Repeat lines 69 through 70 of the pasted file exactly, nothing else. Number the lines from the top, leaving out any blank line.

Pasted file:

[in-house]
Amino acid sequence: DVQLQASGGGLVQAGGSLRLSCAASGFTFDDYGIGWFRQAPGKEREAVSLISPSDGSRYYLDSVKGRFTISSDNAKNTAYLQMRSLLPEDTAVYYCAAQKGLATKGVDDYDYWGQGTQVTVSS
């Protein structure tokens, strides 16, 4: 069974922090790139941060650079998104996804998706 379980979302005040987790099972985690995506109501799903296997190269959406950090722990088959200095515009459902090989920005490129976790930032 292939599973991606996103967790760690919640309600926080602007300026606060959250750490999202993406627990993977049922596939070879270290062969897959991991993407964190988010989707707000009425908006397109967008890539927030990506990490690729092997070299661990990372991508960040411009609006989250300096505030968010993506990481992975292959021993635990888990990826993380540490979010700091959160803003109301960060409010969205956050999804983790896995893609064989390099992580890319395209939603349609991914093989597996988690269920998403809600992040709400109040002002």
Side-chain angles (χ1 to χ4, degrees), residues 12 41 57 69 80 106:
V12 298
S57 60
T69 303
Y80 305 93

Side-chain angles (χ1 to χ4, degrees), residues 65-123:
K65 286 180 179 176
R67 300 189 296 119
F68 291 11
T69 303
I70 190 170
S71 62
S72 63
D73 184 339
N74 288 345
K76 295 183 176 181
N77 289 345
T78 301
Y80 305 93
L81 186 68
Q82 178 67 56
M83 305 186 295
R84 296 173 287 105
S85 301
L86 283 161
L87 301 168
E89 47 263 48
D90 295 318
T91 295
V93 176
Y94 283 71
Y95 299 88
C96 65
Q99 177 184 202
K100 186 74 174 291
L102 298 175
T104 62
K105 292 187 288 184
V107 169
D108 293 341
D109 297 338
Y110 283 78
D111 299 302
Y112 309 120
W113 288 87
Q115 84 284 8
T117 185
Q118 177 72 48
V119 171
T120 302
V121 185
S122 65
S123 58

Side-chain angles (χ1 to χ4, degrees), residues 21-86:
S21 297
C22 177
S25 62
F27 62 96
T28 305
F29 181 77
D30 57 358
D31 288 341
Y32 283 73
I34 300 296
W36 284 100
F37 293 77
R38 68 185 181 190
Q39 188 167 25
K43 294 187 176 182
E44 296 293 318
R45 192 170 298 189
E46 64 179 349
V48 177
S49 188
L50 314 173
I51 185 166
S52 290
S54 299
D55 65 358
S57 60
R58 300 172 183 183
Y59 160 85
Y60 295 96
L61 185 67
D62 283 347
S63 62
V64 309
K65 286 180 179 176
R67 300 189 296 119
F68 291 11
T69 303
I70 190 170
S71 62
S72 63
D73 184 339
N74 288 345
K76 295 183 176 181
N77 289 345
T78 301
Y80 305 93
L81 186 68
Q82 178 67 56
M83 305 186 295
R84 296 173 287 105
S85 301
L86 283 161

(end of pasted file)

F37 293 77
R38 68 185 181 190